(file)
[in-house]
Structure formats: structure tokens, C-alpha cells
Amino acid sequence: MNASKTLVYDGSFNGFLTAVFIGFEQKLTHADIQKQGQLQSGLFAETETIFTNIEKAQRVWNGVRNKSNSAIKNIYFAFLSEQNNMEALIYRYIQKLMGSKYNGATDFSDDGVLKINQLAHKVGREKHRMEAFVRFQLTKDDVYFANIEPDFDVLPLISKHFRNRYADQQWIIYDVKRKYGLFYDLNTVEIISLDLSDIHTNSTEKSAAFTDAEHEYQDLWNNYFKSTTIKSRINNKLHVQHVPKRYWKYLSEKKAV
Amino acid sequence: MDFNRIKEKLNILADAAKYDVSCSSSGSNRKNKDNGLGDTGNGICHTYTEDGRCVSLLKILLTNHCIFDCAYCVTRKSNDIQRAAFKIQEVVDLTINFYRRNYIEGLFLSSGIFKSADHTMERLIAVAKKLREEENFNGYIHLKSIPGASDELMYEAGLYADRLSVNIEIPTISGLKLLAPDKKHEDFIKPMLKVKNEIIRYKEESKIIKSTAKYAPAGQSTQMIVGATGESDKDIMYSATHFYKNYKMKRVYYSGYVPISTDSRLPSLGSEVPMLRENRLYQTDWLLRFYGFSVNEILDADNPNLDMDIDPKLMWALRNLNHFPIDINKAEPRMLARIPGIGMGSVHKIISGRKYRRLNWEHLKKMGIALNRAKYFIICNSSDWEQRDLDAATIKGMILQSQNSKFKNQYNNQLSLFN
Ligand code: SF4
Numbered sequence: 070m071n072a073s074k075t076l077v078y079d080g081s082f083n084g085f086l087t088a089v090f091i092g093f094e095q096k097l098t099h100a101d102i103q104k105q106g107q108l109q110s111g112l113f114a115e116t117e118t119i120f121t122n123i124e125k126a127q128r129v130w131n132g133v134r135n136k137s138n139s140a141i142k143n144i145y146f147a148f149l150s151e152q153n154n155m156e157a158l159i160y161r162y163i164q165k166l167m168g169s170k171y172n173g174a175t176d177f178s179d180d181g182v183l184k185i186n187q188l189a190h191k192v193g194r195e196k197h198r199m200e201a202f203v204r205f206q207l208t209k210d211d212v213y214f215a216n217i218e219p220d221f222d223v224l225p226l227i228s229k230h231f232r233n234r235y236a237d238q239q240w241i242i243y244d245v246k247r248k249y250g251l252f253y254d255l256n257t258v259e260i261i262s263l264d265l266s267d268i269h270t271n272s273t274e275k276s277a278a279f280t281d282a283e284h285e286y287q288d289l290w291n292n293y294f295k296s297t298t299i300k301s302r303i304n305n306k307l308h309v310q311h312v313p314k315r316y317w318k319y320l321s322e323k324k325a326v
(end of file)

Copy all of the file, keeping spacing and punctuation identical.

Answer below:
[in-house]
Structure formats: structure tokens, C-alpha cells
Amino acid sequence: MNASKTLVYDGSFNGFLTAVFIGFEQKLTHADIQKQGQLQSGLFAETETIFTNIEKAQRVWNGVRNKSNSAIKNIYFAFLSEQNNMEALIYRYIQKLMGSKYNGATDFSDDGVLKINQLAHKVGREKHRMEAFVRFQLTKDDVYFANIEPDFDVLPLISKHFRNRYADQQWIIYDVKRKYGLFYDLNTVEIISLDLSDIHTNSTEKSAAFTDAEHEYQDLWNNYFKSTTIKSRINNKLHVQHVPKRYWKYLSEKKAV
Amino acid sequence: MDFNRIKEKLNILADAAKYDVSCSSSGSNRKNKDNGLGDTGNGICHTYTEDGRCVSLLKILLTNHCIFDCAYCVTRKSNDIQRAAFKIQEVVDLTINFYRRNYIEGLFLSSGIFKSADHTMERLIAVAKKLREEENFNGYIHLKSIPGASDELMYEAGLYADRLSVNIEIPTISGLKLLAPDKKHEDFIKPMLKVKNEIIRYKEESKIIKSTAKYAPAGQSTQMIVGATGESDKDIMYSATHFYKNYKMKRVYYSGYVPISTDSRLPSLGSEVPMLRENRLYQTDWLLRFYGFSVNEILDADNPNLDMDIDPKLMWALRNLNHFPIDINKAEPRMLARIPGIGMGSVHKIISGRKYRRLNWEHLKKMGIALNRAKYFIICNSSDWEQRDLDAATIKGMILQSQNSKFKNQYNNQLSLFN
Ligand code: SF4
Numbered sequence: 070m071n072a073s074k075t076l077v078y079d080g081s082f083n084g085f086l087t088a089v090f091i092g093f094e095q096k097l098t099h100a101d102i103q104k105q106g107q108l109q110s111g112l113f114a115e116t117e118t119i120f121t122n123i124e125k126a127q128r129v130w131n132g133v134r135n136k137s138n139s140a141i142k143n144i145y146f147a148f149l150s151e152q153n154n155m156e157a158l159i160y161r162y163i164q165k166l167m168g169s170k171y172n173g174a175t176d177f178s179d180d181g182v183l184k185i186n187q188l189a190h191k192v193g194r195e196k197h198r199m200e201a202f203v204r205f206q207l208t209k210d211d212v213y214f215a216n217i218e219p220d221f222d223v224l225p226l227i228s229k230h231f232r233n234r235y236a237d238q239q240w241i242i243y244d245v246k247r248k249y250g251l252f253y254d255l256n257t258v259e260i261i262s263l264d265l266s267d268i269h270t271n272s273t274e275k276s277a278a279f280t281d282a283e284h285e286y287q288d289l290w291n292n293y294f295k296s297t298t299i300k301s302r303i304n305n306k307l308h309v310q311h312v313p314k315r316y317w318k319y320l321s322e323k324k325a326v